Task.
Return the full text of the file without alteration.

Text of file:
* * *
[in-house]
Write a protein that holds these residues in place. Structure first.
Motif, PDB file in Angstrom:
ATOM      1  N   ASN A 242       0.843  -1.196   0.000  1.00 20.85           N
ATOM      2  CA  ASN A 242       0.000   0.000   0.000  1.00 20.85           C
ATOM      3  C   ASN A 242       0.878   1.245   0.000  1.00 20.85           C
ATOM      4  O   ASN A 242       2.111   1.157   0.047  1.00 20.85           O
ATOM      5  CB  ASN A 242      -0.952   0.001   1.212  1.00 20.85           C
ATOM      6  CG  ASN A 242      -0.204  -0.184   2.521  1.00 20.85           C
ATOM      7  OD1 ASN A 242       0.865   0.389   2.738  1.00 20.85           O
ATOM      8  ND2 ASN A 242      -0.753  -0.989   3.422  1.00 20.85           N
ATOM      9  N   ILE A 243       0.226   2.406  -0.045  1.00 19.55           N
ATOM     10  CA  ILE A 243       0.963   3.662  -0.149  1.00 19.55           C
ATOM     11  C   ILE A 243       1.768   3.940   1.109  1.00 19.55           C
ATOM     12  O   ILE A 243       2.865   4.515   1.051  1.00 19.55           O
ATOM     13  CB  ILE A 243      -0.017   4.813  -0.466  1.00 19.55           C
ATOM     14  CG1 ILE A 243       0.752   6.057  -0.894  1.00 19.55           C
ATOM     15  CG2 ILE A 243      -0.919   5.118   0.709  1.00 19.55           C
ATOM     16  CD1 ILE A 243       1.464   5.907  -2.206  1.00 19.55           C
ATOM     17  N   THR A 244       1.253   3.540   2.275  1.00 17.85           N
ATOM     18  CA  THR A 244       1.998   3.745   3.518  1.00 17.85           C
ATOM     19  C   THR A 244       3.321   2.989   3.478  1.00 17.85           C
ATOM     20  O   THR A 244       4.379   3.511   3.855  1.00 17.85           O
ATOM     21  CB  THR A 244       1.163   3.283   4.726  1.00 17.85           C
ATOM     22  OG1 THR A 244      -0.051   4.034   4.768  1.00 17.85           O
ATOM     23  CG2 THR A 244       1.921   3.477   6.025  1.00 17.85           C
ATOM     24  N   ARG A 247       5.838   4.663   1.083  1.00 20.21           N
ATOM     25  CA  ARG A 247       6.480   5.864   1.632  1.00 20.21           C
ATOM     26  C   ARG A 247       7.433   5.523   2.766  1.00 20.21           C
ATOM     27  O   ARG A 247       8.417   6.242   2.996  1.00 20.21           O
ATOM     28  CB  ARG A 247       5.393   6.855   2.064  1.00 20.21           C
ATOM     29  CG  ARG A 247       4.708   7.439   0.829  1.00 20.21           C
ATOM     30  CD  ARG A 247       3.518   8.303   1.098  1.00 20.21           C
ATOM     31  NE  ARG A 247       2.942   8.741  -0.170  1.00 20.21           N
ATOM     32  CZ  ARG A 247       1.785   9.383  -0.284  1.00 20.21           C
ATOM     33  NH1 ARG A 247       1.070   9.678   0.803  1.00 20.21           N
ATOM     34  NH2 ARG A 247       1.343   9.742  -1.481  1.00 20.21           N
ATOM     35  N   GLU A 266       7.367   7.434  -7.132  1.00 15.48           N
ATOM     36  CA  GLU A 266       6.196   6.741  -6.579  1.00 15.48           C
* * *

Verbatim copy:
[in-house]
Write a protein that holds these residues in place. Structure first.
Motif, PDB file in Angstrom:
ATOM      1  N   ASN A 242       0.843  -1.196   0.000  1.00 20.85           N
ATOM      2  CA  ASN A 242       0.000   0.000   0.000  1.00 20.85           C
ATOM      3  C   ASN A 242       0.878   1.245   0.000  1.00 20.85           C
ATOM      4  O   ASN A 242       2.111   1.157   0.047  1.00 20.85           O
ATOM      5  CB  ASN A 242      -0.952   0.001   1.212  1.00 20.85           C
ATOM      6  CG  ASN A 242      -0.204  -0.184   2.521  1.00 20.85           C
ATOM      7  OD1 ASN A 242       0.865   0.389   2.738  1.00 20.85           O
ATOM      8  ND2 ASN A 242      -0.753  -0.989   3.422  1.00 20.85           N
ATOM      9  N   ILE A 243       0.226   2.406  -0.045  1.00 19.55           N
ATOM     10  CA  ILE A 243       0.963   3.662  -0.149  1.00 19.55           C
ATOM     11  C   ILE A 243       1.768   3.940   1.109  1.00 19.55           C
ATOM     12  O   ILE A 243       2.865   4.515   1.051  1.00 19.55           O
ATOM     13  CB  ILE A 243      -0.017   4.813  -0.466  1.00 19.55           C
ATOM     14  CG1 ILE A 243       0.752   6.057  -0.894  1.00 19.55           C
ATOM     15  CG2 ILE A 243      -0.919   5.118   0.709  1.00 19.55           C
ATOM     16  CD1 ILE A 243       1.464   5.907  -2.206  1.00 19.55           C
ATOM     17  N   THR A 244       1.253   3.540   2.275  1.00 17.85           N
ATOM     18  CA  THR A 244       1.998   3.745   3.518  1.00 17.85           C
ATOM     19  C   THR A 244       3.321   2.989   3.478  1.00 17.85           C
ATOM     20  O   THR A 244       4.379   3.511   3.855  1.00 17.85           O
ATOM     21  CB  THR A 244       1.163   3.283   4.726  1.00 17.85           C
ATOM     22  OG1 THR A 244      -0.051   4.034   4.768  1.00 17.85           O
ATOM     23  CG2 THR A 244       1.921   3.477   6.025  1.00 17.85           C
ATOM     24  N   ARG A 247       5.838   4.663   1.083  1.00 20.21           N
ATOM     25  CA  ARG A 247       6.480   5.864   1.632  1.00 20.21           C
ATOM     26  C   ARG A 247       7.433   5.523   2.766  1.00 20.21           C
ATOM     27  O   ARG A 247       8.417   6.242   2.996  1.00 20.21           O
ATOM     28  CB  ARG A 247       5.393   6.855   2.064  1.00 20.21           C
ATOM     29  CG  ARG A 247       4.708   7.439   0.829  1.00 20.21           C
ATOM     30  CD  ARG A 247       3.518   8.303   1.098  1.00 20.21           C
ATOM     31  NE  ARG A 247       2.942   8.741  -0.170  1.00 20.21           N
ATOM     32  CZ  ARG A 247       1.785   9.383  -0.284  1.00 20.21           C
ATOM     33  NH1 ARG A 247       1.070   9.678   0.803  1.00 20.21           N
ATOM     34  NH2 ARG A 247       1.343   9.742  -1.481  1.00 20.21           N
ATOM     35  N   GLU A 266       7.367   7.434  -7.132  1.00 15.48           N
ATOM     36  CA  GLU A 266       6.196   6.741  -6.579  1.00 15.48           C